Improve your employee engagement in less than two minutes
Another staple of the corporate lifestyle, meetings are meant to be the epitome of productivity, in theory at least. In practice, they’re one of the biggest productivity killers out there.
Depending on your role, you may be spending anywherefrom 35 to 50% of your total time at work on meetings. On a global scale, companies waste 15% of their total time on meetings. Yes, waste is the proper word here.
Once polled, company executives stated that 67% of all meetings are failures. There are a number of reasons for this, including email checking (refer to point #1), doing something unrelated to the meeting or simply being out of focus.
So how can you make meetings more productive? First and foremost, when you’re in one, devote yourself to it fully. Don’t check emails, browse Facebook or do anything unrelated to the meeting taking place.
One of the ways to prevent this from happening is to have a no-laptop policy during meetings. Trouble is, it won’t work for remote and distributed teams.
Second, if you’re organizing the meeting, carefully think through whom you’re inviting. One of the main reasons why participants wander off is because they feel their presence is irrelevant. The team at Evernote suggeststhe following number of participants:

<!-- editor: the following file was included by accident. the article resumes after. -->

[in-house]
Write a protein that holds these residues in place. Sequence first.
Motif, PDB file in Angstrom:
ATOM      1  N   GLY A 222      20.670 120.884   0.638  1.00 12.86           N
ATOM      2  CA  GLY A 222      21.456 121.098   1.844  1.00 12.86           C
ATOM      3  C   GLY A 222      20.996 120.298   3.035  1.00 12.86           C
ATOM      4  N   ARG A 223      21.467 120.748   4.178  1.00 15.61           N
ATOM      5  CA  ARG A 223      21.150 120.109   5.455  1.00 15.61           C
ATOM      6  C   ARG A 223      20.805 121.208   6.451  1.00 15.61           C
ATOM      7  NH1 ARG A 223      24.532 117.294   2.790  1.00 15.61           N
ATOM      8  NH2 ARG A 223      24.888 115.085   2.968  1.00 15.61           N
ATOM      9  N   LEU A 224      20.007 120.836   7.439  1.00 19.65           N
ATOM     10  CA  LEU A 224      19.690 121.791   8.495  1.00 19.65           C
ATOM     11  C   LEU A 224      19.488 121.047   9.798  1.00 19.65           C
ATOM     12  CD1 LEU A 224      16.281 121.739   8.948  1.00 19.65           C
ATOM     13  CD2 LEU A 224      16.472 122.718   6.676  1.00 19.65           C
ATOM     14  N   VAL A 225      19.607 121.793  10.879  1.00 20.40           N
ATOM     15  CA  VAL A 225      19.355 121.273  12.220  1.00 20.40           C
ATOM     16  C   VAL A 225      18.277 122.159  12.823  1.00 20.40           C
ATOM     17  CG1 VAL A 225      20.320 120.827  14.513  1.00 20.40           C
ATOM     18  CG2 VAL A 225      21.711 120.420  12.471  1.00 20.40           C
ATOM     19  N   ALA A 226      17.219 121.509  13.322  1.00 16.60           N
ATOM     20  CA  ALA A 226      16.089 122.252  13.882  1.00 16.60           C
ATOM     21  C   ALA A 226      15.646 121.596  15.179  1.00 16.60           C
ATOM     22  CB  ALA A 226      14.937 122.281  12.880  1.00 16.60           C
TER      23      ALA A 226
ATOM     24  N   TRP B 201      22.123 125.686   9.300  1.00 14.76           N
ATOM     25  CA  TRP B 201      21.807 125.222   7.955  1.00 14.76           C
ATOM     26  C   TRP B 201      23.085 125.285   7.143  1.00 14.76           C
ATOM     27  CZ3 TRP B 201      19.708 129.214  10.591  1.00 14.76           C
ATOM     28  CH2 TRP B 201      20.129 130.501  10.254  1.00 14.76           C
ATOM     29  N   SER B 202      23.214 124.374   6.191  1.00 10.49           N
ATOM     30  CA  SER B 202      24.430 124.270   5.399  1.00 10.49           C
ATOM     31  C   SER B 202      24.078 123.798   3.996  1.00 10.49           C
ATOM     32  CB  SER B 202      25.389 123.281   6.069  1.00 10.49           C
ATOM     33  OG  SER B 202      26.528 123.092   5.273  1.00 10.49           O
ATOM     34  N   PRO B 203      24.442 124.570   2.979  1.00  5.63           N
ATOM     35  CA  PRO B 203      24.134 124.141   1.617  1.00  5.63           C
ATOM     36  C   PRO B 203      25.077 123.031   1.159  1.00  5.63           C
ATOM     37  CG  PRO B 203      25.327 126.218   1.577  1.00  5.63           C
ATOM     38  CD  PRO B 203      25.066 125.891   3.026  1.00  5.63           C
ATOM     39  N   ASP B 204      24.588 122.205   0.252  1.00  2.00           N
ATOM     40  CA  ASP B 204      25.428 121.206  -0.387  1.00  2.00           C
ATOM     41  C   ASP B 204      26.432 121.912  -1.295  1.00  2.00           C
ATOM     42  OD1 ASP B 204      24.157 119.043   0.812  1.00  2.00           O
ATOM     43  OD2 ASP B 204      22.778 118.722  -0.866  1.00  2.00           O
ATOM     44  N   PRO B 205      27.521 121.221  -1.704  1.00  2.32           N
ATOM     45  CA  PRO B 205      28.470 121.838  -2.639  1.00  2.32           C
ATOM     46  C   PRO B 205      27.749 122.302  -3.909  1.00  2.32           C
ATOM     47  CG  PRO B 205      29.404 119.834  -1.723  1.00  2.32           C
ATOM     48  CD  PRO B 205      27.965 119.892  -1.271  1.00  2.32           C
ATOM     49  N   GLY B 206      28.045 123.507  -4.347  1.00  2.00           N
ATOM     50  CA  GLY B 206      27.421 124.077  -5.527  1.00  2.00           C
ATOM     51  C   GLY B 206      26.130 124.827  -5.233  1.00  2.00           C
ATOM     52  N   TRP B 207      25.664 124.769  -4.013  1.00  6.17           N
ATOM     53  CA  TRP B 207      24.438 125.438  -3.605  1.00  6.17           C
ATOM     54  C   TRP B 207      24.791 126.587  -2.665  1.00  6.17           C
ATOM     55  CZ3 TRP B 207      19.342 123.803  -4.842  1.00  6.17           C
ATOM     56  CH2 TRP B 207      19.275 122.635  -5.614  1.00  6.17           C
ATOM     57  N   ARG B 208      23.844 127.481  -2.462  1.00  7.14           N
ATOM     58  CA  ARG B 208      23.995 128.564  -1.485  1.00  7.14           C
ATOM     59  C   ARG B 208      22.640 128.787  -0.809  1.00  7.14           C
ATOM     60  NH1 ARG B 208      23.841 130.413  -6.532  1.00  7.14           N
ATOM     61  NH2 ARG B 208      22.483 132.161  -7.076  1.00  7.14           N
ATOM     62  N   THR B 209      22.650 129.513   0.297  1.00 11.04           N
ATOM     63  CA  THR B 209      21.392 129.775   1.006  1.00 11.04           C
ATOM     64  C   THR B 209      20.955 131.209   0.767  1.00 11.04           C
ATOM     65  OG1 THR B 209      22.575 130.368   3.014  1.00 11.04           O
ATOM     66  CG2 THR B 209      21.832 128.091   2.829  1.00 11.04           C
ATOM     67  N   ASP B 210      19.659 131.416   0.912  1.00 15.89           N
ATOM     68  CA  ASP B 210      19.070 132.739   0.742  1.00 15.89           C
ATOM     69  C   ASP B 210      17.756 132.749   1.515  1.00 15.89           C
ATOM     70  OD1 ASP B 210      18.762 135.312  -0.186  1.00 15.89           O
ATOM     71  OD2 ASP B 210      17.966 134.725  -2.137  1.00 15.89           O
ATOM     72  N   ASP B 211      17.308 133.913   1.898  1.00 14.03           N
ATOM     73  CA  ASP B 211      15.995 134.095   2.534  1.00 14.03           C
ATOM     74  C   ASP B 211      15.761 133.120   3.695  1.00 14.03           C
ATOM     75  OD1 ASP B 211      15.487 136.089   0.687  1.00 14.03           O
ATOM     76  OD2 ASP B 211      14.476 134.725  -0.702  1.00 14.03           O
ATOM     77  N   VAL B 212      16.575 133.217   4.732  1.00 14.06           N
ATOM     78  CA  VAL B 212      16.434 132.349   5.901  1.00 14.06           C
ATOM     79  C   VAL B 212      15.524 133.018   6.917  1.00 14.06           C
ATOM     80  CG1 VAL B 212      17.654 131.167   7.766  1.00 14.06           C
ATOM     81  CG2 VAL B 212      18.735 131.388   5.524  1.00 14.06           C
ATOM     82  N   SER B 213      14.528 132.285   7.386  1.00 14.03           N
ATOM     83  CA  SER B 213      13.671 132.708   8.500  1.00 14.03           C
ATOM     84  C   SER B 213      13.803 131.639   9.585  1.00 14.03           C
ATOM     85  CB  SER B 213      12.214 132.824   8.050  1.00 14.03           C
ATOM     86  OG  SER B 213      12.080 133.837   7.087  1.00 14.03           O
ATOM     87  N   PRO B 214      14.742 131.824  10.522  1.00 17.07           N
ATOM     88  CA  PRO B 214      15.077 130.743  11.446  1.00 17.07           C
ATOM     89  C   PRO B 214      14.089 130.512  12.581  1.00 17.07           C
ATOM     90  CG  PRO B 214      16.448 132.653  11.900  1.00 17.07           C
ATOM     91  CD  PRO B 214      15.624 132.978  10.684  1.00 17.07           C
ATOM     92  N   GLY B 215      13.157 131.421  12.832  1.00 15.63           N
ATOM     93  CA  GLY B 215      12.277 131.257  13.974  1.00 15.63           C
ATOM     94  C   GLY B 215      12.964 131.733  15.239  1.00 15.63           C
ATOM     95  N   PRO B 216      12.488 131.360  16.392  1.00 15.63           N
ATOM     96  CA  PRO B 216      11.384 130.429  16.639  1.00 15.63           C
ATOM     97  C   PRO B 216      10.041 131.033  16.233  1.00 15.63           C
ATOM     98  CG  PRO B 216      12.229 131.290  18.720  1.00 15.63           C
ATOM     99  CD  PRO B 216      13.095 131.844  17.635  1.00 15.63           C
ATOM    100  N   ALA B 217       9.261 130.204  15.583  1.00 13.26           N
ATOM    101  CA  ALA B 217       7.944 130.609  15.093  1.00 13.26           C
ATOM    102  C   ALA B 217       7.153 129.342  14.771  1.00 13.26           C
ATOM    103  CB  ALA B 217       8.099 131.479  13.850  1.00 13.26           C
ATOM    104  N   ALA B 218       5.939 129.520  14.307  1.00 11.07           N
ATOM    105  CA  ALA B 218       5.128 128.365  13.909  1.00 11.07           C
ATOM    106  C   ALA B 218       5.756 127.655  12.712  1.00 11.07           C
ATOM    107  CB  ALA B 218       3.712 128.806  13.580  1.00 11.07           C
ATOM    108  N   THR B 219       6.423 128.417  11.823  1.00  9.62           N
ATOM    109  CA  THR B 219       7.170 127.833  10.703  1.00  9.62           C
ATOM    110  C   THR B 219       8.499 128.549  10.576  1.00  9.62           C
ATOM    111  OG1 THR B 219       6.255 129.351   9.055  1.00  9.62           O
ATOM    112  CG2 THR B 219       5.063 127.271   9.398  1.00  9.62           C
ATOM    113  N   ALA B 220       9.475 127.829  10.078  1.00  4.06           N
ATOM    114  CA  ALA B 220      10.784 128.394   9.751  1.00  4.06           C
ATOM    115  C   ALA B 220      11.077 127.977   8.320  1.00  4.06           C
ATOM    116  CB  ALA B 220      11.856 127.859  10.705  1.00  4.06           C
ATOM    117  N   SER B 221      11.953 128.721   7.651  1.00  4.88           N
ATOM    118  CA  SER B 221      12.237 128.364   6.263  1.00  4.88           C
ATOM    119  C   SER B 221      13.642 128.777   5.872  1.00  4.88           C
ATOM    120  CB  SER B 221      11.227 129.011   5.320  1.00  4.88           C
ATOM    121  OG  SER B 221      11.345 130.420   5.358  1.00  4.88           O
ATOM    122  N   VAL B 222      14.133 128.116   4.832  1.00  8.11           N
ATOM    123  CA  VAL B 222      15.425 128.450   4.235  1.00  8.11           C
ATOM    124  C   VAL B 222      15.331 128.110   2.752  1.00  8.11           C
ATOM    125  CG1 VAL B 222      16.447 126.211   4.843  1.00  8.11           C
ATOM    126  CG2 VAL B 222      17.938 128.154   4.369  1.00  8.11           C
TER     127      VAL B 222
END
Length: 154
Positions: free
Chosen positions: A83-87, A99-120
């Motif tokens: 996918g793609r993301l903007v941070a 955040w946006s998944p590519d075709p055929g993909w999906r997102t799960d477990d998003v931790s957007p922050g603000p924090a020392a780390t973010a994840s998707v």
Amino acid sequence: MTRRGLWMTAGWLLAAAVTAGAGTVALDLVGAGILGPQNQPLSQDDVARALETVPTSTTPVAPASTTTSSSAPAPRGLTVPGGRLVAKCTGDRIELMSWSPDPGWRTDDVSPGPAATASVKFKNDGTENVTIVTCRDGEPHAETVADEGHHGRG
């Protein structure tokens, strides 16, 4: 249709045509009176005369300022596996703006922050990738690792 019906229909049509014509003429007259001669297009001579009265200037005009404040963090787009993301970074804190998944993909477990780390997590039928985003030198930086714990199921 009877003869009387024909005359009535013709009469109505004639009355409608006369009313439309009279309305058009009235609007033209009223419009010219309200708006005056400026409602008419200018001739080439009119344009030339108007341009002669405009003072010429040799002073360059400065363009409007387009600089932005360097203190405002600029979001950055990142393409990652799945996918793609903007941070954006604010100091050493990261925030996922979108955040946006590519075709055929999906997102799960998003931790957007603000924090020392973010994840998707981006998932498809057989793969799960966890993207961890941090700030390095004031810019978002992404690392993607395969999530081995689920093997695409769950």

Four to six people for solving a problem;
Four to seven people for making a decision;
Five to 15 people for setting an agenda;
Ten to 20 people for brainstorming sessions.
By choosing the right people, the right number of people and ensuring they stay focused, you’ll never have an unproductive meeting again.
In one of the famoussurveys by Salary.com, 43% of participants stated that one of the top ways for wasting time at work is talking with their co-workers. On the other hand, communication is a necessary part of everyday work duties and it’s important for making a better atmosphere at work. What gives?
There’s plenty of research with claims that small talk at work can be beneficial for productivity, engagement and workplace commitment. However, it can be pretty damaging to your work day as well.